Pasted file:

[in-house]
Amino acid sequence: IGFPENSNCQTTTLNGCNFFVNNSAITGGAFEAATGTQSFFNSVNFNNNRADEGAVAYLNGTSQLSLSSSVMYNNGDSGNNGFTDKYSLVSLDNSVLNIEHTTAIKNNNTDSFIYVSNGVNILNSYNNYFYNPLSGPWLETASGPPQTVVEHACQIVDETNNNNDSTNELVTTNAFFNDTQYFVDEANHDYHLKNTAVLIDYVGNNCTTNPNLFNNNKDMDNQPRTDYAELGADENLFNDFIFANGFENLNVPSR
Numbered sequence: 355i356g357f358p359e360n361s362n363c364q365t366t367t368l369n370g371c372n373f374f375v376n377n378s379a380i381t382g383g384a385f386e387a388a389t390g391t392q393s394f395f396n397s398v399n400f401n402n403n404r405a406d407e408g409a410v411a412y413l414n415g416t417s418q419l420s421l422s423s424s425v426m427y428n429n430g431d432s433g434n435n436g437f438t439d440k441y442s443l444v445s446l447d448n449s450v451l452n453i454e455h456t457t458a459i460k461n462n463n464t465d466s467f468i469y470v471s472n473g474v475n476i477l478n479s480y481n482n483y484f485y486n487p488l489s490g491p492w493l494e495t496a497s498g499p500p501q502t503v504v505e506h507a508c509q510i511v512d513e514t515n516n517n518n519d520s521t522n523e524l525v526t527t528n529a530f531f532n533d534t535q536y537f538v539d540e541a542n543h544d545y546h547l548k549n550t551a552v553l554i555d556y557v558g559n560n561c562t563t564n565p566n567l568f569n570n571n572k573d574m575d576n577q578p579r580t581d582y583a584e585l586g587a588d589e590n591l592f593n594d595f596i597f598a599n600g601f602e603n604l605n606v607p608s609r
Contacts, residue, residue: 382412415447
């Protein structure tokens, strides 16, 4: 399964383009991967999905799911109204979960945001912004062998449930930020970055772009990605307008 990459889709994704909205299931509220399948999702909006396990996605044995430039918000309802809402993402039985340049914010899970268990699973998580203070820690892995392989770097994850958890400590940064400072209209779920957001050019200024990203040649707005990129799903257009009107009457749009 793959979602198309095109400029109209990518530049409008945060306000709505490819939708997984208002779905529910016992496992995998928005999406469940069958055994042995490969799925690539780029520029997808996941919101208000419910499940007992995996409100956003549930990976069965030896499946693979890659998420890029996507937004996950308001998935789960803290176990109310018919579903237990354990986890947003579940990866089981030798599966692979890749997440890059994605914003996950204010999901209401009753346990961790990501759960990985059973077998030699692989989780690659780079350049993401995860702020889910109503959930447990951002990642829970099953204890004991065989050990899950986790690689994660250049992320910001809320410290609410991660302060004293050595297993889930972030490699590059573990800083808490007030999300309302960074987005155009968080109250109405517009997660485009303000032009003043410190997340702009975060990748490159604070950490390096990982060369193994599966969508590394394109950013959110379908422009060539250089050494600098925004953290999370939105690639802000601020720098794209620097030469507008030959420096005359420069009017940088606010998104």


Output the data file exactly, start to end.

[in-house]
Amino acid sequence: IGFPENSNCQTTTLNGCNFFVNNSAITGGAFEAATGTQSFFNSVNFNNNRADEGAVAYLNGTSQLSLSSSVMYNNGDSGNNGFTDKYSLVSLDNSVLNIEHTTAIKNNNTDSFIYVSNGVNILNSYNNYFYNPLSGPWLETASGPPQTVVEHACQIVDETNNNNDSTNELVTTNAFFNDTQYFVDEANHDYHLKNTAVLIDYVGNNCTTNPNLFNNNKDMDNQPRTDYAELGADENLFNDFIFANGFENLNVPSR
Numbered sequence: 355i356g357f358p359e360n361s362n363c364q365t366t367t368l369n370g371c372n373f374f375v376n377n378s379a380i381t382g383g384a385f386e387a388a389t390g391t392q393s394f395f396n397s398v399n400f401n402n403n404r405a406d407e408g409a410v411a412y413l414n415g416t417s418q419l420s421l422s423s424s425v426m427y428n429n430g431d432s433g434n435n436g437f438t439d440k441y442s443l444v445s446l447d448n449s450v451l452n453i454e455h456t457t458a459i460k461n462n463n464t465d466s467f468i469y470v471s472n473g474v475n476i477l478n479s480y481n482n483y484f485y486n487p488l489s490g491p492w493l494e495t496a497s498g499p500p501q502t503v504v505e506h507a508c509q510i511v512d513e514t515n516n517n518n519d520s521t522n523e524l525v526t527t528n529a530f531f532n533d534t535q536y537f538v539d540e541a542n543h544d545y546h547l548k549n550t551a552v553l554i555d556y557v558g559n560n561c562t563t564n565p566n567l568f569n570n571n572k573d574m575d576n577q578p579r580t581d582y583a584e585l586g587a588d589e590n591l592f593n594d595f596i597f598a599n600g601f602e603n604l605n606v607p608s609r
Contacts, residue, residue: 382412415447
């Protein structure tokens, strides 16, 4: 399964383009991967999905799911109204979960945001912004062998449930930020970055772009990605307008 990459889709994704909205299931509220399948999702909006396990996605044995430039918000309802809402993402039985340049914010899970268990699973998580203070820690892995392989770097994850958890400590940064400072209209779920957001050019200024990203040649707005990129799903257009009107009457749009 793959979602198309095109400029109209990518530049409008945060306000709505490819939708997984208002779905529910016992496992995998928005999406469940069958055994042995490969799925690539780029520029997808996941919101208000419910499940007992995996409100956003549930990976069965030896499946693979890659998420890029996507937004996950308001998935789960803290176990109310018919579903237990354990986890947003579940990866089981030798599966692979890749997440890059994605914003996950204010999901209401009753346990961790990501759960990985059973077998030699692989989780690659780079350049993401995860702020889910109503959930447990951002990642829970099953204890004991065989050990899950986790690689994660250049992320910001809320410290609410991660302060004293050595297993889930972030490699590059573990800083808490007030999300309302960074987005155009968080109250109405517009997660485009303000032009003043410190997340702009975060990748490159604070950490390096990982060369193994599966969508590394394109950013959110379908422009060539250089050494600098925004953290999370939105690639802000601020720098794209620097030469507008030959420096005359420069009017940088606010998104």